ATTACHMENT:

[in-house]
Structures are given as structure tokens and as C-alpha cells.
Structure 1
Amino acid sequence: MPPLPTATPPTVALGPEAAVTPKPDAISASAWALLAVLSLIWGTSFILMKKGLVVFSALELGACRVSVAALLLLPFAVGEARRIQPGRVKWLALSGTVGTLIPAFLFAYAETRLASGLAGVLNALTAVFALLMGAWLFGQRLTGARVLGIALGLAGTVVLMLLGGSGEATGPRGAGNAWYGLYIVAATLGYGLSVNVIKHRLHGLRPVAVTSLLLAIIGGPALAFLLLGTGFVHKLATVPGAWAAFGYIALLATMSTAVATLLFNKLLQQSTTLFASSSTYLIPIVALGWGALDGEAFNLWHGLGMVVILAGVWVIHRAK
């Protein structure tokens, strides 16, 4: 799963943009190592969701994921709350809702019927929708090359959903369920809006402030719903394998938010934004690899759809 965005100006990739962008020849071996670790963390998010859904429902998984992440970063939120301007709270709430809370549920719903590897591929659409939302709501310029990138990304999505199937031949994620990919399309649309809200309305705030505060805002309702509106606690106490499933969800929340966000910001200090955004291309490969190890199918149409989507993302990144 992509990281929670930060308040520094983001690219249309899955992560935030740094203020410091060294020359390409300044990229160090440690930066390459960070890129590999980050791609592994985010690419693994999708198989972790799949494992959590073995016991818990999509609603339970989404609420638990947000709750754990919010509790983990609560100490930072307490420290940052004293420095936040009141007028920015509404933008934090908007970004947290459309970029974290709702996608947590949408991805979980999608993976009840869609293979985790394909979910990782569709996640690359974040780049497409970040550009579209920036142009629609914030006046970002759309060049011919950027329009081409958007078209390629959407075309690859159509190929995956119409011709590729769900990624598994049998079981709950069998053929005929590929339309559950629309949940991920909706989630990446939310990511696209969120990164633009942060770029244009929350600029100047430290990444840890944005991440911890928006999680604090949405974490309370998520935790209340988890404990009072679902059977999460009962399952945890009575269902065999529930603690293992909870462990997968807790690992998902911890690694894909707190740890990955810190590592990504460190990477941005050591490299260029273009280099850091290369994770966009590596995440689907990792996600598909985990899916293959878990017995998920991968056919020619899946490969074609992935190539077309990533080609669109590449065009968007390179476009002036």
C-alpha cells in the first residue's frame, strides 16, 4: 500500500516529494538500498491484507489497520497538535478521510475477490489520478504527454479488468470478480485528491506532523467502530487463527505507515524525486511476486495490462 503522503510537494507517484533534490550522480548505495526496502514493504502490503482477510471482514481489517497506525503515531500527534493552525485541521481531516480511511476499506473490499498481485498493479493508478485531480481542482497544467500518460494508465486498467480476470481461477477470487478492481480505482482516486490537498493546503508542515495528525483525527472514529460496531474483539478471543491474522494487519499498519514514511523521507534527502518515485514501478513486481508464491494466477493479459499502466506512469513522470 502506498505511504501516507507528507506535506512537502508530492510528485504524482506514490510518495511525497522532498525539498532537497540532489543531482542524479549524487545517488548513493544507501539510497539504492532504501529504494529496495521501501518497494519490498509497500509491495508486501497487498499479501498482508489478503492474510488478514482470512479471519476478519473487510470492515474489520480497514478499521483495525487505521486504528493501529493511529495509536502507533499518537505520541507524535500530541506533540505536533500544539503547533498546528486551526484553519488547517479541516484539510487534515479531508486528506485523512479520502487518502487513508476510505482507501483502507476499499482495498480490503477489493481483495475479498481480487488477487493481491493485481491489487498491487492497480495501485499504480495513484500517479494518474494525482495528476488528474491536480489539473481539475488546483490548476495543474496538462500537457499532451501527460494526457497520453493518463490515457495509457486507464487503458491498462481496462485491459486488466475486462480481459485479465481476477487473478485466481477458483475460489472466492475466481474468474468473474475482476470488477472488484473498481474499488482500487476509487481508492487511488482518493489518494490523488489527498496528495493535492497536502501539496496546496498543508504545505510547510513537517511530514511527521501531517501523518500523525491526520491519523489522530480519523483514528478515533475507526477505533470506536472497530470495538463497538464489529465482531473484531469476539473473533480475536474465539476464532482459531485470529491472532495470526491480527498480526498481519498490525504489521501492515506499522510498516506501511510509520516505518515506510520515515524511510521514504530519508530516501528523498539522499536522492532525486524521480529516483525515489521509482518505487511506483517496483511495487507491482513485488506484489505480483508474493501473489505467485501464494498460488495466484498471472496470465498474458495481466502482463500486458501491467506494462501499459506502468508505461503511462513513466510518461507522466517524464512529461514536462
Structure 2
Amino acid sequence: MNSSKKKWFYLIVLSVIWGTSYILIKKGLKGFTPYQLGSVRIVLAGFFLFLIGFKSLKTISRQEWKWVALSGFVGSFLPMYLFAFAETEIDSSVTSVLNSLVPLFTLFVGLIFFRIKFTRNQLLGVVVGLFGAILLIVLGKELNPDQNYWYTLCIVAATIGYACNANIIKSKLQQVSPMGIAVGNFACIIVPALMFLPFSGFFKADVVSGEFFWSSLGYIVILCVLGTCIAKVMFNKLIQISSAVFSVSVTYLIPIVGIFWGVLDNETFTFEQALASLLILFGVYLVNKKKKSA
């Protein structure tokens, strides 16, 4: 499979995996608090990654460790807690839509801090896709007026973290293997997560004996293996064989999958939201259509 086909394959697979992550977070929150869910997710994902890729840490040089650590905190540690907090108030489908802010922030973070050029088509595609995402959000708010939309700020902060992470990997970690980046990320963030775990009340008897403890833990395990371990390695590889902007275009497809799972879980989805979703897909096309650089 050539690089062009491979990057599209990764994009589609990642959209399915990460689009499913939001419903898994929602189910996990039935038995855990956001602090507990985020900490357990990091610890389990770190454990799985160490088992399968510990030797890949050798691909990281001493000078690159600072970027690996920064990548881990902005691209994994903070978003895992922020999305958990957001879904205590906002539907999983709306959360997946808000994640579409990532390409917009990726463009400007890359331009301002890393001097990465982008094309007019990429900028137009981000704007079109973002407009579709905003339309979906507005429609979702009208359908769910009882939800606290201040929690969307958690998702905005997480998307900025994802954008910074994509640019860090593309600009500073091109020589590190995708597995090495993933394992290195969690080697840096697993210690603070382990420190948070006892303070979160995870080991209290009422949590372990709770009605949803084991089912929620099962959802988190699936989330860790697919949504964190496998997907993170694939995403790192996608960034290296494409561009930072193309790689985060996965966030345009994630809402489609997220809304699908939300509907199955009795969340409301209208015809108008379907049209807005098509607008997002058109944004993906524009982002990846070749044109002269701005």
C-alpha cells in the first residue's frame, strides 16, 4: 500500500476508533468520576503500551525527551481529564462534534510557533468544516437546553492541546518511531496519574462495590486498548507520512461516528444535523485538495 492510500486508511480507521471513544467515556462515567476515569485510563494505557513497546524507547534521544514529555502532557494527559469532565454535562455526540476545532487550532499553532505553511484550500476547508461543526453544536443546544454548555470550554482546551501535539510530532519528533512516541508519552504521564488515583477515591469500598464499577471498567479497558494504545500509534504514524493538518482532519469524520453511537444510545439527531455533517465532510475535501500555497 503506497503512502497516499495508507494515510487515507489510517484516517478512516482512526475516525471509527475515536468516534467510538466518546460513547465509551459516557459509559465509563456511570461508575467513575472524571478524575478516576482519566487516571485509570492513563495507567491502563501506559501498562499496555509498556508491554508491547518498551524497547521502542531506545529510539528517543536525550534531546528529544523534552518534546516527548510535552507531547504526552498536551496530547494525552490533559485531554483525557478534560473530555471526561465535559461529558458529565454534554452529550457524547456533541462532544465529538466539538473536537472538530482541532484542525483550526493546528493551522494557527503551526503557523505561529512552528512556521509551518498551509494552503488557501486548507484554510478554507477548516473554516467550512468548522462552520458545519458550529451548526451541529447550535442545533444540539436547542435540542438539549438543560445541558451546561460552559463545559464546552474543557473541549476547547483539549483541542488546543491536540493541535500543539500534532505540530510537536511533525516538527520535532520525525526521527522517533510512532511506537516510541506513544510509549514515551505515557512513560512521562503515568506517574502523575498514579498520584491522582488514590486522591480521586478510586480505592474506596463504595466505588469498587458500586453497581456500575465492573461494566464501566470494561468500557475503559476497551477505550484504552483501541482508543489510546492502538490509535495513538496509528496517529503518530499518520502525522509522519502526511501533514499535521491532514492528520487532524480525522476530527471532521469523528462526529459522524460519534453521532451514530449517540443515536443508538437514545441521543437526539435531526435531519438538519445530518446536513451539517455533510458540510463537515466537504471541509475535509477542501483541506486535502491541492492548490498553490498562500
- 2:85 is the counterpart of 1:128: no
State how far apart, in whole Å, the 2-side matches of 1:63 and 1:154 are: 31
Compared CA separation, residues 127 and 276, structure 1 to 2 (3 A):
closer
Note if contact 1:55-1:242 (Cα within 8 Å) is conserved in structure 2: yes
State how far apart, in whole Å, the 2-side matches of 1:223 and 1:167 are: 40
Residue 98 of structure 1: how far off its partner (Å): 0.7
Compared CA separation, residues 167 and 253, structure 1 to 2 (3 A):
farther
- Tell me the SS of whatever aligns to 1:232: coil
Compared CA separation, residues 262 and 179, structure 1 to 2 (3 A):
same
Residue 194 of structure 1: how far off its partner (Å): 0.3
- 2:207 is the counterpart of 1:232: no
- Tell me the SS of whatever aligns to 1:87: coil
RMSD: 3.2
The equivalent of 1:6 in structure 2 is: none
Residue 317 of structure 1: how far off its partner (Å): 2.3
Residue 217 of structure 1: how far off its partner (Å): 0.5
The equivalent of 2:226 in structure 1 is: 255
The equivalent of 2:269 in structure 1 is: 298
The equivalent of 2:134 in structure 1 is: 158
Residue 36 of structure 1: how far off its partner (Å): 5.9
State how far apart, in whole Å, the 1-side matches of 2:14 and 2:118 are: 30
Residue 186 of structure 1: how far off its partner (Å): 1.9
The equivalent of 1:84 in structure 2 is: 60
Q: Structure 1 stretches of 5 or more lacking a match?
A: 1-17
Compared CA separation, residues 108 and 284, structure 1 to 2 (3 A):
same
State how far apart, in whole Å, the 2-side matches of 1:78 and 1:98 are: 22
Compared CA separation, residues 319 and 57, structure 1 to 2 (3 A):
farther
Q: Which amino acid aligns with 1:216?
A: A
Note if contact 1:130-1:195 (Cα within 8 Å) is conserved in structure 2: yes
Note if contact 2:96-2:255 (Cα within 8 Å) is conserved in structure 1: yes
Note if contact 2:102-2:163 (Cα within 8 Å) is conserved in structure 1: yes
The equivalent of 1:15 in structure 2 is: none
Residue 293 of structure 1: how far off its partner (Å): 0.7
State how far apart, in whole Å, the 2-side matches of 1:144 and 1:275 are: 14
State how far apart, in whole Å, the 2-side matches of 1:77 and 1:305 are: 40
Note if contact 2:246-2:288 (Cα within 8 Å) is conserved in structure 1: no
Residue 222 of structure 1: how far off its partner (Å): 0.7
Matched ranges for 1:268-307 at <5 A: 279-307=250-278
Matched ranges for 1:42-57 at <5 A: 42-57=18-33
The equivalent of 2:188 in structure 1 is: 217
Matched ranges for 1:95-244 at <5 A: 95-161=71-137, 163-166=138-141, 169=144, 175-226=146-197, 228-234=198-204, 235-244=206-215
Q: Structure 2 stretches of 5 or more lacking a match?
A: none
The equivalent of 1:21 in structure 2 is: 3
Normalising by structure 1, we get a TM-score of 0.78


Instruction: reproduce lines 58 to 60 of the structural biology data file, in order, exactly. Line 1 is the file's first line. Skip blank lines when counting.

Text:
Matched ranges for 1:95-244 at <5 A: 95-161=71-137, 163-166=138-141, 169=144, 175-226=146-197, 228-234=198-204, 235-244=206-215
Q: Structure 2 stretches of 5 or more lacking a match?
A: none